Telekon

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Telekon
Studio album by Gary Numan
Released 5 September 1980
Recorded 1980 at Rock City Studios, Shepperton
Genre New wave, electronic, synthpop
Length 49:54
Label Beggars Banquet
Producer Gary Numan
Gary Numan chronology
The Pleasure Principle
(1979)
Telekon
(1980)
Dance
(1981)
Singles from Telekon
  1. "We Are Glass"
    Released: 24 May 1980
  2. "I Die: You Die"
    Released: 30 August 1980
  3. "This Wreckage"
    Released: 20 December 1980
Professional ratings
Review scores
Source Rating
Allmusic 3/5 stars [1]
Pitchfork Media (8.6/10) [2]
Rolling Stone 3/5 stars[3]
Smash Hits 7/10[4]
Spin 8/10[5]

Released in 1980, Telekon is the fourth studio album, and second album under his own name, by the British musician Gary Numan. It debuted at the top of the UK charts in September 1980, making it his third and consecutive (and to date, final) no.1 album.

Telekon is also the third and final studio release of what Numan retrospectively termed the "Machine" section of his career, following Replicas and The Pleasure Principle in 1979.[6] It was his last album before his brief "retirement" from touring and the last to feature bassist Paul Gardiner, a member of Numan's band since the early days of Tubeway Army.

Overview[edit]

In contrast to The Pleasure Principle, with its lack of guitars and its robotic sound, Telekon featured heavy use of guitars and strings along with richer synthesizer textures. Numan broadened his previous synth palette with additional machines such as the Sequential Circuits Prophet-5, ARP Pro Soloist and Roland Jupiter-4. Track 11, "The Joy Circuit", uses a combination of synths and string instruments, notably the violin, to create an orchestral ambience. Its lyrics include the then-trademark reference to William Burroughs, notably "We're on joy circuit/The image fix/Rewind, cry/Well, it's somewhere to go."

Lyrically, whilst continuing Numan's exploration of a dystopian future in pieces like the title track and "I Dream of Wires", Telekon also took stock of the artist's sudden celebrity and the apparently overwhelming adulation of his fans in songs like "Remind Me to Smile" ("Reconsider 'fame'/I need new reasons/This is detention/It's not fun at all...Keep your revivals/Keep your conventions/Keep all your fantasies/That's all we are") and "Please Push No More". The album's musical style ranged from upbeat songs such as "I'm an Agent" and "The Joy Circuit" to mood pieces like "Sleep by Windows" and "Remember I Was Vapour".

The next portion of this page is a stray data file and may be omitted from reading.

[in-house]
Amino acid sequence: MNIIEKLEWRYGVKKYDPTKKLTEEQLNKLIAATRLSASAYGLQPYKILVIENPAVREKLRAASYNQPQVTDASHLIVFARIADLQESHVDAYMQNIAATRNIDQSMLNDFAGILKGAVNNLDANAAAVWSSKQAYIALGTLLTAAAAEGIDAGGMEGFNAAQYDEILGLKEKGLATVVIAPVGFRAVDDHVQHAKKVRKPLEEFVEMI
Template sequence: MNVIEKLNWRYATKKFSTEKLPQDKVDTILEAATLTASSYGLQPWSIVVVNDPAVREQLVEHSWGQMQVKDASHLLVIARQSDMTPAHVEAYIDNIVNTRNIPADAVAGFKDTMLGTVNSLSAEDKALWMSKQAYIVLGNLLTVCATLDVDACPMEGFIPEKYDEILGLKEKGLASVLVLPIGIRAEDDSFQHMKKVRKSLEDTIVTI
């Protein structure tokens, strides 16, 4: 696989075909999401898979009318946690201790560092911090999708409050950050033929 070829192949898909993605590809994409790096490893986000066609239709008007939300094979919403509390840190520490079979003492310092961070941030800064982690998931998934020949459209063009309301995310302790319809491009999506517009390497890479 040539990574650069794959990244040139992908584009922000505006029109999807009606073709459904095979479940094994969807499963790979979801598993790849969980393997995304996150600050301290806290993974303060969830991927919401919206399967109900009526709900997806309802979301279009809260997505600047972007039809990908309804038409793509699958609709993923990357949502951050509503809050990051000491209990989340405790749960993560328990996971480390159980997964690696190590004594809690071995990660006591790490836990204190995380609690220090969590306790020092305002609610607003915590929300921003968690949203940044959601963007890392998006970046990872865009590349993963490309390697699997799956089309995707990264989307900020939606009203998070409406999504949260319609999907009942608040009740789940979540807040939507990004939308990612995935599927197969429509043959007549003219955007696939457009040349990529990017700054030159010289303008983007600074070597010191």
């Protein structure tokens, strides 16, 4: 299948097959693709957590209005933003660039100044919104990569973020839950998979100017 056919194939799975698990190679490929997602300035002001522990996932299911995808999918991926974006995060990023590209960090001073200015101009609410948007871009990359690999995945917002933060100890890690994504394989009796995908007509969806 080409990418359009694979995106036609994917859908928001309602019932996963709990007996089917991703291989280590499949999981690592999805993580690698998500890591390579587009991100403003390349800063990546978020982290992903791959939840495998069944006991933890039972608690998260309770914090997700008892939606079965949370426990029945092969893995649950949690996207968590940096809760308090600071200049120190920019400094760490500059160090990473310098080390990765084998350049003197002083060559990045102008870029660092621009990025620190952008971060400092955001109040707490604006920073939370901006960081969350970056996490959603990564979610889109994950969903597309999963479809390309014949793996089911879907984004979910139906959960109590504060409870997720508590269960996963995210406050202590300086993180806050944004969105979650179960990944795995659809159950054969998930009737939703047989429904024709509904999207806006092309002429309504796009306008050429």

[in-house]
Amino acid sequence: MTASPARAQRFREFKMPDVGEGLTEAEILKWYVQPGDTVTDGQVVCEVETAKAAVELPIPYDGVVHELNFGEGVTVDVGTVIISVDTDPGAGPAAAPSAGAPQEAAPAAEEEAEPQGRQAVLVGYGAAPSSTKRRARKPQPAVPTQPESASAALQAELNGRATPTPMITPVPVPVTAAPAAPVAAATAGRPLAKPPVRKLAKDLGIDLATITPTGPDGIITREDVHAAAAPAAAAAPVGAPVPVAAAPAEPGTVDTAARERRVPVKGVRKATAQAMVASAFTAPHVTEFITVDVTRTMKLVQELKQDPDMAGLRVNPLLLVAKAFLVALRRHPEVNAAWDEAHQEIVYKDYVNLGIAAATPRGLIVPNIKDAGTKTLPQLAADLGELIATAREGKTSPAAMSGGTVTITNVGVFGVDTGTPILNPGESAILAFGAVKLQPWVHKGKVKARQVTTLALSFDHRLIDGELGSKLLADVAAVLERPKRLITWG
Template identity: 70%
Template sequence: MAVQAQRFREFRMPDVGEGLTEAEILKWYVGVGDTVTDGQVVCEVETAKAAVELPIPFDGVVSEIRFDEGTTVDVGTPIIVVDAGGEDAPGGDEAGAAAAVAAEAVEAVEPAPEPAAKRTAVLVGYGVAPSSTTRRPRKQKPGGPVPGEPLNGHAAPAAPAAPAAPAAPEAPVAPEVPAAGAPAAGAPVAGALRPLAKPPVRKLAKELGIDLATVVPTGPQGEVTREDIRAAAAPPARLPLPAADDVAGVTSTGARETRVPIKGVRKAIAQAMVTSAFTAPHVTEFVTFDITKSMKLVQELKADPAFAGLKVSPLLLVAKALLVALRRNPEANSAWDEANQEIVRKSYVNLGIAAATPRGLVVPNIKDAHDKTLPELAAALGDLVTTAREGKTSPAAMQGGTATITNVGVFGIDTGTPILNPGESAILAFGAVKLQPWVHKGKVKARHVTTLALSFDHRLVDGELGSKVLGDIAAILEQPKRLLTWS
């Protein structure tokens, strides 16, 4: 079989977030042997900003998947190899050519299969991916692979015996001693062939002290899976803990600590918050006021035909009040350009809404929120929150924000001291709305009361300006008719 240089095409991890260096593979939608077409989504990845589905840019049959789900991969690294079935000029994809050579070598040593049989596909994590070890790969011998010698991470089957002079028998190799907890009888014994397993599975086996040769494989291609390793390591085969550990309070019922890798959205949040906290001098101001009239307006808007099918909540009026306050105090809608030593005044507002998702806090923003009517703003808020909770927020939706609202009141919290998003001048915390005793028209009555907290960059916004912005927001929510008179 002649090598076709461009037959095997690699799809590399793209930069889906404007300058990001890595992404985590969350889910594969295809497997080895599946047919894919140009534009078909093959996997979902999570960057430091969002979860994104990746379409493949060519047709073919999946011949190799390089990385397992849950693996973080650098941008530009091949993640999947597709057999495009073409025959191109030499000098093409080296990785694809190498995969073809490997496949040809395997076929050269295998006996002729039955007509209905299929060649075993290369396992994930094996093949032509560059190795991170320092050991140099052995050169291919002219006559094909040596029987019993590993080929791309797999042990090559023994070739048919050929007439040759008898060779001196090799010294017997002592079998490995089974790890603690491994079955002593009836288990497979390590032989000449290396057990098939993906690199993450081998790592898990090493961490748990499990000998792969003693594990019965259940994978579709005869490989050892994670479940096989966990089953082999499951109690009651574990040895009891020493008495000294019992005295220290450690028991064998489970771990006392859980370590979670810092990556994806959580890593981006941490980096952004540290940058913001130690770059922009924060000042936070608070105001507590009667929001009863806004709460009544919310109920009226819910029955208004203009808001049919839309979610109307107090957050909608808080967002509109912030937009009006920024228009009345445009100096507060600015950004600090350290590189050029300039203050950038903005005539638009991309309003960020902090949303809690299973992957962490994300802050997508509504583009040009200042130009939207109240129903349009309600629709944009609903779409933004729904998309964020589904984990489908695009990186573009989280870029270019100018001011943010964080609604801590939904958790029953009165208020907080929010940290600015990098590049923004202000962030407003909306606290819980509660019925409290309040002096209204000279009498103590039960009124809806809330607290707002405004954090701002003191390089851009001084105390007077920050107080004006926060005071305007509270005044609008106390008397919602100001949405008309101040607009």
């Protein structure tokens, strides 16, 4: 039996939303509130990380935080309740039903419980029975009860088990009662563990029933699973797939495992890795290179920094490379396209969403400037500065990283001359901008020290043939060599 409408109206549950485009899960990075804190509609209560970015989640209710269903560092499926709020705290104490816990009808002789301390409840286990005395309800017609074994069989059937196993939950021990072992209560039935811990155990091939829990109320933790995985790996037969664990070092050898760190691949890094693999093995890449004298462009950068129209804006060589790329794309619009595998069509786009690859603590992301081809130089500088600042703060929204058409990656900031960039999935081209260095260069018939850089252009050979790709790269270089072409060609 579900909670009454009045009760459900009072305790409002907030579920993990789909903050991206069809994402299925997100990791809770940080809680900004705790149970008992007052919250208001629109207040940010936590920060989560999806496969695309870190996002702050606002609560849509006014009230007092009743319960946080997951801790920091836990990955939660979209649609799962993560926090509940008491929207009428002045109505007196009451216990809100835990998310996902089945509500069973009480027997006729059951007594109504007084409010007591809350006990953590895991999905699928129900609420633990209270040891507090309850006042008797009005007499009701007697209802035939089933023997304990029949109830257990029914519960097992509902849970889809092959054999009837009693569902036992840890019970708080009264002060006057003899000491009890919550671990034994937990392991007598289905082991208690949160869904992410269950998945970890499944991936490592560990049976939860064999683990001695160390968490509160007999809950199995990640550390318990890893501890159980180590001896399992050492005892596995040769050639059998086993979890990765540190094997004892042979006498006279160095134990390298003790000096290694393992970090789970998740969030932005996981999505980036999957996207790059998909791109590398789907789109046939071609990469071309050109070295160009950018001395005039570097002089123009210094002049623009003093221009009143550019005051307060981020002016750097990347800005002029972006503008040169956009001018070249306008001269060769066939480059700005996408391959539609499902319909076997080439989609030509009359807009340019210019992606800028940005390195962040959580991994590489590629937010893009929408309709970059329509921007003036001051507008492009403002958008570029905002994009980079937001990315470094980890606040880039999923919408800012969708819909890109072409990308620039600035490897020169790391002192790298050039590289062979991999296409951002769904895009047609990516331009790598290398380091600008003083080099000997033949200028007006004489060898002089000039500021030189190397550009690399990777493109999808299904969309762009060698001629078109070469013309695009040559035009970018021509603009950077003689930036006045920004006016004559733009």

Like all of Numan's commercially popular early records, Telekon received a largely hostile reception from contemporary music critics; nevertheless it proved to be an influential work. Trent Reznor claimed to have listened to it every day during the making of Pretty Hate Machine and Stephin Merritt from The Magnetic Fields also became a Numan fan through the album.[7] Merritt recorded "I Die: You Die" as his contribution to the Random tribute album in 1997, which also included covers of "I'm an Agent", "Remember I Was Vapour" and "We Are Glass". However the earliest cover of a song from this album was in the very year of its release when Robert Palmer collaborated with Numan on a version of "I Dream of Wires" for the Clues LP.


Singles[edit]

Telekon was preceded by two hit singles, "We Are Glass" and "I Die: You Die". Although neither of these was included on the album in its initial UK vinyl release they featured on the cassette release (overseas releases such as the US, Canada and Australia added "I Die: You Die" in place of "Sleep by Windows"). Early UK pressings came with a limited edition live 45, "Remember I Was Vapour" b/w "On Broadway", and all of these tracks, along with B-sides and the outtake "A Game Called 'Echo'", were subsequently included on various CD reissues. Numan had premiered "Remember I Was Vapour" during the UK leg of 'The Touring Principle' in late 1979, preceding its appearance on Telekon by a year. He also premiered "We Are Glass", "I Die: You Die" and "Remind Me to Smile" during the April 1980 leg.

The only single taken from the album post release was the opening number "This Wreckage"; which charted no higher than number 20. The composer admitted that regardless of its merits as a song it was a "bloody stupid single".[8] Surprisingly, Numan declined to issue the anthemic "Remind Me to Smile" as a single (although it was released as a promo single in the US).

The Teletour[edit]